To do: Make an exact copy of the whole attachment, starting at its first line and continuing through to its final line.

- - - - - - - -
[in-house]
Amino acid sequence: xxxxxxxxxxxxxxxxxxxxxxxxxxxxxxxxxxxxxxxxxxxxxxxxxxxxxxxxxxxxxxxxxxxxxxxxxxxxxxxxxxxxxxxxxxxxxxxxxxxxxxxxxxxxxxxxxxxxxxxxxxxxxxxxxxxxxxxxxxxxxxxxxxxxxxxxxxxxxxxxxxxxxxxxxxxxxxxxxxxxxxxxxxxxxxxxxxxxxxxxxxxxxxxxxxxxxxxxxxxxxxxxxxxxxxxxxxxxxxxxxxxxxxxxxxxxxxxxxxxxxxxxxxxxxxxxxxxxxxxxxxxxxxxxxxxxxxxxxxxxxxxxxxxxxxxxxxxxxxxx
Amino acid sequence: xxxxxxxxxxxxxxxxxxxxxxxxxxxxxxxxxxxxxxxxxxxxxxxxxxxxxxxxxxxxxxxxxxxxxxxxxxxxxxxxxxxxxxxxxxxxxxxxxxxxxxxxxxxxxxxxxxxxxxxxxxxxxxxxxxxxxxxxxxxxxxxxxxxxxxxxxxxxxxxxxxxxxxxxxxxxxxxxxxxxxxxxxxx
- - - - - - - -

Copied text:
[in-house]
Amino acid sequence: xxxxxxxxxxxxxxxxxxxxxxxxxxxxxxxxxxxxxxxxxxxxxxxxxxxxxxxxxxxxxxxxxxxxxxxxxxxxxxxxxxxxxxxxxxxxxxxxxxxxxxxxxxxxxxxxxxxxxxxxxxxxxxxxxxxxxxxxxxxxxxxxxxxxxxxxxxxxxxxxxxxxxxxxxxxxxxxxxxxxxxxxxxxxxxxxxxxxxxxxxxxxxxxxxxxxxxxxxxxxxxxxxxxxxxxxxxxxxxxxxxxxxxxxxxxxxxxxxxxxxxxxxxxxxxxxxxxxxxxxxxxxxxxxxxxxxxxxxxxxxxxxxxxxxxxxxxxxxxxx
Amino acid sequence: xxxxxxxxxxxxxxxxxxxxxxxxxxxxxxxxxxxxxxxxxxxxxxxxxxxxxxxxxxxxxxxxxxxxxxxxxxxxxxxxxxxxxxxxxxxxxxxxxxxxxxxxxxxxxxxxxxxxxxxxxxxxxxxxxxxxxxxxxxxxxxxxxxxxxxxxxxxxxxxxxxxxxxxxxxxxxxxxxxxxxxxxxxx